Just a couple of minutes’ drive took us to All Souls where my great uncle on my mum’s side of the family was a bell ringer. There’s a large photo of my great grandparents, John and Maria Hill in their history display. I wear her wedding ring.

We had lunch in their little cafe before going up to Affetside for our second visit. Just as last June when Sarah and I visited, Geoffrey Bond was mowing the grass outside the little church. He must be in his 90’s by now. When I attended the Sunday school, which doubled as my elementary school for the rest of the week, Geoffrey played the organ. I once sand a solo at the sermons. I was probably around 8 years old. We chatted to Geoffrey and just as last year the church was open. It’s very strange to stand in a place like that which I knew intimately and try and put myself back to that age. I went to school there from age 5 to 11. I remembered the cupboard where the books were kept, the view out of the window, where I stood to sing my solo! and where the headmaster sat at lunchtime. There was no break  fro the two teachers in a two roomed school!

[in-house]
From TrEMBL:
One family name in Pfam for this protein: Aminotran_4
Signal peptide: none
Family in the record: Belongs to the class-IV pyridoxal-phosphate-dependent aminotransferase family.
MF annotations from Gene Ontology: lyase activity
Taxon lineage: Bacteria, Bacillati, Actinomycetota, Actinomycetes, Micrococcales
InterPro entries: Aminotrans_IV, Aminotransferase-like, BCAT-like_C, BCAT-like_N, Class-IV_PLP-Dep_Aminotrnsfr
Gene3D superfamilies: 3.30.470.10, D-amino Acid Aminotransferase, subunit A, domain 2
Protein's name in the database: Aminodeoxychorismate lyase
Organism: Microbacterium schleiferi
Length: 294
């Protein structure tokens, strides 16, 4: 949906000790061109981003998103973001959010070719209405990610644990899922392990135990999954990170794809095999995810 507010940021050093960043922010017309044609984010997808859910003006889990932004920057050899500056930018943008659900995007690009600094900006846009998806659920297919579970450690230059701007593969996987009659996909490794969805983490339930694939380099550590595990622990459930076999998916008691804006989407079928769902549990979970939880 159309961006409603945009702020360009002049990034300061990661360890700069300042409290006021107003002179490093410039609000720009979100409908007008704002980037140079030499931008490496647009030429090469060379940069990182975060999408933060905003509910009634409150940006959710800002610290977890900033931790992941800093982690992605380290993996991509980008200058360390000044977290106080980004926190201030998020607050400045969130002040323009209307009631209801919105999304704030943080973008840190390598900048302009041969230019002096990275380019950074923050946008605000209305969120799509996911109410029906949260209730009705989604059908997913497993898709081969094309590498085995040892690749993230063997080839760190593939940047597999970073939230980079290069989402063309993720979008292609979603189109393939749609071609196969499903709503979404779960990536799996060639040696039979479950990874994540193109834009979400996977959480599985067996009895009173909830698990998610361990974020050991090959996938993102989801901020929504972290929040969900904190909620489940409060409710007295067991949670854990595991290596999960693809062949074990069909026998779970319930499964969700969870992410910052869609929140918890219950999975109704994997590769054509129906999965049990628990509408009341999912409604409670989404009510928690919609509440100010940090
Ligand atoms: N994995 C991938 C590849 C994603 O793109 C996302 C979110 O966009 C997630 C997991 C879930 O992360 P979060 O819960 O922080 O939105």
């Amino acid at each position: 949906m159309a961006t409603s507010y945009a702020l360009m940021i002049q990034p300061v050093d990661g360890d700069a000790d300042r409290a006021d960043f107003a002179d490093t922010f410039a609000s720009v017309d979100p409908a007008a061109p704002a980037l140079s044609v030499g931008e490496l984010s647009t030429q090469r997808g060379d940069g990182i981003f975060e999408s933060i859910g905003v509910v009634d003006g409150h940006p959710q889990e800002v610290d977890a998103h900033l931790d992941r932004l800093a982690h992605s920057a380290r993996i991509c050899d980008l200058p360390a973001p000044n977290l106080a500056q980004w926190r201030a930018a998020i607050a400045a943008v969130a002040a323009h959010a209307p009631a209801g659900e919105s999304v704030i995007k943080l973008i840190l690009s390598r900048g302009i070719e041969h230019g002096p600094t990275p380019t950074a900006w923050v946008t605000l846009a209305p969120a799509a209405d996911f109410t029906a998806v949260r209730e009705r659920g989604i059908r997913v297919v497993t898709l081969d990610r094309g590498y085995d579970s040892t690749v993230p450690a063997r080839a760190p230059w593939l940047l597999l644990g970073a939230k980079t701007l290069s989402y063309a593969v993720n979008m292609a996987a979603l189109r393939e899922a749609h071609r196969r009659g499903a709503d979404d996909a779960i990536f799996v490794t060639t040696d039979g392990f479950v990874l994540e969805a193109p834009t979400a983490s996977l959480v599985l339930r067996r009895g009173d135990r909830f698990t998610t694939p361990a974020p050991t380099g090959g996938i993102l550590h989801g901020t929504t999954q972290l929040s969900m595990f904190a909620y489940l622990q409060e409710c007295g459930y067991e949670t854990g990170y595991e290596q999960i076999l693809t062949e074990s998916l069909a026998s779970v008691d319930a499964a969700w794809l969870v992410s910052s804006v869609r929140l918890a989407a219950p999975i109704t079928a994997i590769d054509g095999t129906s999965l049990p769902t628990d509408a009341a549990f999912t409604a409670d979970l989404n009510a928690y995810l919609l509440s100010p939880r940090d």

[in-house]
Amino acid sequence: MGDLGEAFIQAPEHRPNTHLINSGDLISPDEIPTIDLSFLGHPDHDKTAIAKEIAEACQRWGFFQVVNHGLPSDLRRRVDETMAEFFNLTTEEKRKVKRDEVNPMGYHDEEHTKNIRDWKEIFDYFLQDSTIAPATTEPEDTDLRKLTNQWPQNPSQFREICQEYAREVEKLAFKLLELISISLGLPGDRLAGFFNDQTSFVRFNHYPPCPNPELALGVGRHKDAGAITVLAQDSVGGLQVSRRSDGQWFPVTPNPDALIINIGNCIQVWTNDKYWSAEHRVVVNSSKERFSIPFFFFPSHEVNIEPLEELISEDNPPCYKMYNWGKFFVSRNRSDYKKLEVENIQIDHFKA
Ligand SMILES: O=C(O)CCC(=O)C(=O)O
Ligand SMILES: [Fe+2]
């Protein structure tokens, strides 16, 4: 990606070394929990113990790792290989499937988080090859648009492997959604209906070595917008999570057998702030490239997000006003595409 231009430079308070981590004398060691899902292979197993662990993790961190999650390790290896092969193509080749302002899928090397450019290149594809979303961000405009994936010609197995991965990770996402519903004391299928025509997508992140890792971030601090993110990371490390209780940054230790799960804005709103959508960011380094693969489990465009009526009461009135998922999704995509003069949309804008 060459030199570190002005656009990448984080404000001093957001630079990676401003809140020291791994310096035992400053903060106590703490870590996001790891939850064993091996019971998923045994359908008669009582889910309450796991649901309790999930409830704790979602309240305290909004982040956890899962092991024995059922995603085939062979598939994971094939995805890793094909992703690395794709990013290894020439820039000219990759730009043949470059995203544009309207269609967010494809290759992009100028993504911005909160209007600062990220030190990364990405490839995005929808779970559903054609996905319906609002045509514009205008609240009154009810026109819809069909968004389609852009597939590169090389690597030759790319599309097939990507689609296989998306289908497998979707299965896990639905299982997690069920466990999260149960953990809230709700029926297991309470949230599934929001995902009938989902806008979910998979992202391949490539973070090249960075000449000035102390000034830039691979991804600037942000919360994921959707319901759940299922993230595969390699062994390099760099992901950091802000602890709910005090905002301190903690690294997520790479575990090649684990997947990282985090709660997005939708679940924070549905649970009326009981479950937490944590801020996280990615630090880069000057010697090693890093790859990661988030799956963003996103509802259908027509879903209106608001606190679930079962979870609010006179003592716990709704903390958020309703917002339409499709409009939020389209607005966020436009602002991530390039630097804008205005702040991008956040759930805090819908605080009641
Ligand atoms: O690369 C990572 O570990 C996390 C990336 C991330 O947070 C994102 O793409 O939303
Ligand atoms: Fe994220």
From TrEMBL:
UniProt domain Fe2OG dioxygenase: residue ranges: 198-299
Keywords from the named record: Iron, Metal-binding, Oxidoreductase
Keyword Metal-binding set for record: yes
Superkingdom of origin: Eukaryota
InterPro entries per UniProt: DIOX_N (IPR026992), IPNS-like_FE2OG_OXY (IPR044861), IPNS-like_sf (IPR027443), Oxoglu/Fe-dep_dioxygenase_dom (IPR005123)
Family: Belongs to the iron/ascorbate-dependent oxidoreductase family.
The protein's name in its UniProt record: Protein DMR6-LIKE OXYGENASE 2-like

We took a little stroll down Black Lane. There wild flowers were amazing. I don’t remember them being so vibrant and prolific when I lived there. I suppose I just didn’t notice them.IMG_6340 (2)


I was very, very tempted to abduct the ‘Affetside’ sign laying by the old cross!